Richard Howard 1929-2022

Nadar.Theophile-Gautier-343x395

Théophile Gautier

My God, you’re my age, and look at you, a wreck!
    Lank across the “ruined brow”
and rippling to the ripely crusted collar.
 
    rusty locks to which no nose
but yours has the key – your cheeks furrow away
  from it as though from a prow
 
till the rancid wake of your beard rusts out in
   the shallows. You have been had
feature by feature, all fine once, all foul now,
 
   till only your eyes, sandbagged
against what overflow? Stare from the leavings
  of wine, women and hashish…

If you’re a poet you’ll enjoy yourself and learn a lot from copying Howard’s formal inventiveness.  I wrote one of my best poems using this 11-7-11 syllable pattern that gives the lines a steely spring and drive but still feels conversational. 

Howard specialised in dramatic monologues and imaginary conversations between historical figures, ever encountering the great writers in his imagination, and reawakening them in poems that staged impossible meetings between literary and historical figures, as The Paris Review puts it.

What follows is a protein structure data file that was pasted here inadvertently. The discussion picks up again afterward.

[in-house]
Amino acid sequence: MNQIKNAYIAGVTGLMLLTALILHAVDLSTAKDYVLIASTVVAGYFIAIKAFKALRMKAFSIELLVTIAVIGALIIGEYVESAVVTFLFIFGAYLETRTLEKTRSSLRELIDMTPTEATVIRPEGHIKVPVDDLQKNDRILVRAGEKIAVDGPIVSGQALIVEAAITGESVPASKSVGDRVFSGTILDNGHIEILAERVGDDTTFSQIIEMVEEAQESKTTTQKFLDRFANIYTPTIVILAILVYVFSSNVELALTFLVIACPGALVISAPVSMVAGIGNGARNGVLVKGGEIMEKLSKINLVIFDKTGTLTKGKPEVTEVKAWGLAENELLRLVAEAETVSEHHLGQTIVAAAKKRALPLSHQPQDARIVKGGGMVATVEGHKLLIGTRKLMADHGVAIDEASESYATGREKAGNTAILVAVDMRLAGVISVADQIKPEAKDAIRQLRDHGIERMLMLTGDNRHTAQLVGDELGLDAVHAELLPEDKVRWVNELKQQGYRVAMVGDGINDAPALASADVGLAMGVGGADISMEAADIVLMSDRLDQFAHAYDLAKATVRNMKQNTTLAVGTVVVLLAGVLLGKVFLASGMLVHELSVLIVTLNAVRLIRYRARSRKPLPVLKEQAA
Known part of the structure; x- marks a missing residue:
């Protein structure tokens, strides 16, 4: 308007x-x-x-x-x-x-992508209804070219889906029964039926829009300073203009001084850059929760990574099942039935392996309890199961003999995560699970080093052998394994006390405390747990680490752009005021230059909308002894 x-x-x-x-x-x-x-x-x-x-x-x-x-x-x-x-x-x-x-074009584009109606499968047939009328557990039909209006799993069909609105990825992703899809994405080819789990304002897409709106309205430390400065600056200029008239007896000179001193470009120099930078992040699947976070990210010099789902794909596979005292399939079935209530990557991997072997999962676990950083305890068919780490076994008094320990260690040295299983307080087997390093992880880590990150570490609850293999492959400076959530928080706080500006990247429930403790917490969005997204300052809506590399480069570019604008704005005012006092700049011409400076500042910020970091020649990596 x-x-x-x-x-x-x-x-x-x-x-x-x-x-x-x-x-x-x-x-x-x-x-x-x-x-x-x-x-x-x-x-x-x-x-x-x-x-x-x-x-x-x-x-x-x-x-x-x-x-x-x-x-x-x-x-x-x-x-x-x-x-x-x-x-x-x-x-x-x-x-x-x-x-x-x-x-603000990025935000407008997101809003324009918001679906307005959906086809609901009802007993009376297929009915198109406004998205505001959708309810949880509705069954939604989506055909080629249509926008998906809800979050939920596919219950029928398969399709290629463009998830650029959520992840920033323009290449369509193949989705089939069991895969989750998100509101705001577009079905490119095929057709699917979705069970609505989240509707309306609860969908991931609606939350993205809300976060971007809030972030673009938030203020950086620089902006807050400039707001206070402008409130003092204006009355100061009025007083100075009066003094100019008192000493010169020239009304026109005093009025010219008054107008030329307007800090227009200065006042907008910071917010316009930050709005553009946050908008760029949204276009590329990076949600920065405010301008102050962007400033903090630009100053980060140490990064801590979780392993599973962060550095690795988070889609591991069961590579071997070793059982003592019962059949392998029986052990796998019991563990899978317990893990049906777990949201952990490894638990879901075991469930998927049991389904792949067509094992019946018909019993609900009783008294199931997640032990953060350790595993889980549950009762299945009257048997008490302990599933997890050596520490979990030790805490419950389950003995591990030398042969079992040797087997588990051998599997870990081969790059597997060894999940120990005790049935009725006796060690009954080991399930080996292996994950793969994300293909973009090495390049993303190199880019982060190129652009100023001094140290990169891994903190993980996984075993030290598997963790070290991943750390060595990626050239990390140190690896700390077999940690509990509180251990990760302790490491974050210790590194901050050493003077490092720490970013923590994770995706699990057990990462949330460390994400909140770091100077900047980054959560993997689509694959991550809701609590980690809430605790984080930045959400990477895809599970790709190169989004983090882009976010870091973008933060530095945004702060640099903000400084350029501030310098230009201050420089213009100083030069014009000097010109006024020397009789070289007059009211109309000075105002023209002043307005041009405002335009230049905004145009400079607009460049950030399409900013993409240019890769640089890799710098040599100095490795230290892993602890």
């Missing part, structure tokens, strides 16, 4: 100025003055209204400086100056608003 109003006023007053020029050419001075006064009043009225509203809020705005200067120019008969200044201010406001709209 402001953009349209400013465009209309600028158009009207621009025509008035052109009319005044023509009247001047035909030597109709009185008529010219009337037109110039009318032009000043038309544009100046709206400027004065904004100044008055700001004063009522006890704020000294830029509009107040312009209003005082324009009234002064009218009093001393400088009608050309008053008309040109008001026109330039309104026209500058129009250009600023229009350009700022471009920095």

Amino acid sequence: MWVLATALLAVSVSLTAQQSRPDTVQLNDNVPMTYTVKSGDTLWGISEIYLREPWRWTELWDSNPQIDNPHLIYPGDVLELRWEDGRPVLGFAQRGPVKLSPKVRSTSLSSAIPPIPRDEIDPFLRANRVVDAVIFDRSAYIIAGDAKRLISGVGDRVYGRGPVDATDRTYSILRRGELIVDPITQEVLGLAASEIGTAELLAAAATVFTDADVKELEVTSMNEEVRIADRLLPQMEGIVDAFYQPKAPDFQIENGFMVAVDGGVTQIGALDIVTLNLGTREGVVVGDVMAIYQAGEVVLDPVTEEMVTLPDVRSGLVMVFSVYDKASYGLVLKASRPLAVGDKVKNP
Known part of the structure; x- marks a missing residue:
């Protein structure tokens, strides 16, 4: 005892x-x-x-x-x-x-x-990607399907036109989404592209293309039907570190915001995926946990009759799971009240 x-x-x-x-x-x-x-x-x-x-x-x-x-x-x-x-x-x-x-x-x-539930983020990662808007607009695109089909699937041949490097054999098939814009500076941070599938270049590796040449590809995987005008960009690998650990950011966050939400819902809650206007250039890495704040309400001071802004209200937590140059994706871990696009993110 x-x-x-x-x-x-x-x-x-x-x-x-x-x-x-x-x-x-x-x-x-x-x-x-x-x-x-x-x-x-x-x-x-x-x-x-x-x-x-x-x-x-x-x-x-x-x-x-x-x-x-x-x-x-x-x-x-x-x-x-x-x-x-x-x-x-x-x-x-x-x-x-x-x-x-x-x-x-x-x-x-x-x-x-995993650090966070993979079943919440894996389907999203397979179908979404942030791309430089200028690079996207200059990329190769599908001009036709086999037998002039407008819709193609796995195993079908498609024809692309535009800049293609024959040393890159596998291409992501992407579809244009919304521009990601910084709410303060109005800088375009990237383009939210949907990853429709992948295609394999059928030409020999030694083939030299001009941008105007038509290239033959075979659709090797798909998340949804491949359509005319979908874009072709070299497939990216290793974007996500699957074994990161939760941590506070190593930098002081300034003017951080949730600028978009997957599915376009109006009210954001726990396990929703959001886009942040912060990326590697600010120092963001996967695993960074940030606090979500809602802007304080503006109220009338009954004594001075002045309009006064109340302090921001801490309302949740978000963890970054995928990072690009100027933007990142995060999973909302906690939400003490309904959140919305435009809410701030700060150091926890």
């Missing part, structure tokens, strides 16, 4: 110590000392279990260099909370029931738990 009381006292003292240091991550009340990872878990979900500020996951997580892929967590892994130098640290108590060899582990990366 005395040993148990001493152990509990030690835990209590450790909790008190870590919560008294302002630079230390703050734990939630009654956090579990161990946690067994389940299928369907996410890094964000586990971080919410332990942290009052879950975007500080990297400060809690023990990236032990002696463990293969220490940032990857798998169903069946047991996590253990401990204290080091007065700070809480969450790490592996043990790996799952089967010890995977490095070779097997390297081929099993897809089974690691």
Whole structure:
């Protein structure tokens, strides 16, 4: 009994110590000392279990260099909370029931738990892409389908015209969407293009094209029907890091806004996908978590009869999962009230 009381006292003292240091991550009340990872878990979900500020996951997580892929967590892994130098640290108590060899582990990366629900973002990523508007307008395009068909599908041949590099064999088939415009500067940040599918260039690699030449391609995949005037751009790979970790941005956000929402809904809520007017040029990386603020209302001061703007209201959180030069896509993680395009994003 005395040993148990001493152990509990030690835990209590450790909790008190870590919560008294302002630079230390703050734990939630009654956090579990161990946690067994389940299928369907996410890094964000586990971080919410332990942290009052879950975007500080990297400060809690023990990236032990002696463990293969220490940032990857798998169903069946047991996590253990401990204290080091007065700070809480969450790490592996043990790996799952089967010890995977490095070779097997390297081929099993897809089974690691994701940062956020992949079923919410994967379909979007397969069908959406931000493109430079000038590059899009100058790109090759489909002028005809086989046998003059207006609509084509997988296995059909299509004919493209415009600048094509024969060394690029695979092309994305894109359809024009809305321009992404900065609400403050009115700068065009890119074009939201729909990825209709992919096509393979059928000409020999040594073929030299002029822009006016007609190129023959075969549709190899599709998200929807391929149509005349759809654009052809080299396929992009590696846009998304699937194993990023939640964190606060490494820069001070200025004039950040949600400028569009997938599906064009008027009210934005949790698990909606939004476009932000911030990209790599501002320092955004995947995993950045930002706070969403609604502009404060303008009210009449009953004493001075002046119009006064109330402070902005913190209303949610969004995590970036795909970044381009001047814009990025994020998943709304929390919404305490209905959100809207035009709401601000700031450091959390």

And here’s the man himself,  in the words Craig Morgan Teicher, who knew him well:

Reading was Richard’s primary occupation. His New York apartment was covered in books, floor to ceiling, interrupted only by a desk, a few places to sit, a bed in a book-lined alcove (which was also home to Mildred, Richard’s life-size stuffed gorilla), and the bathroom, adorned with dozens of small portraits of famous writers, glaring at anyone who dared use the toilet. The kitchen was an afterthought—mostly a place to store kibble for Gide, his eccentric French bulldog, since Richard almost always ate out.

https://www.theparisreview.org/blog/2022/04/01/remembering-richard-howard/

4 thoughts on “Richard Howard 1929-2022

  1. Reading him is a cultural history lesson. This poem is taken from a series called “Homage to Nadar”, based on the photos the 19th century photographer took of Sarah Bernhardt, Victor Hugo, Daumier, Offenbach, Rossini. Wagner, Baudelaire and George Sand, among others.

    The whole collection is called “Inner Voices”.

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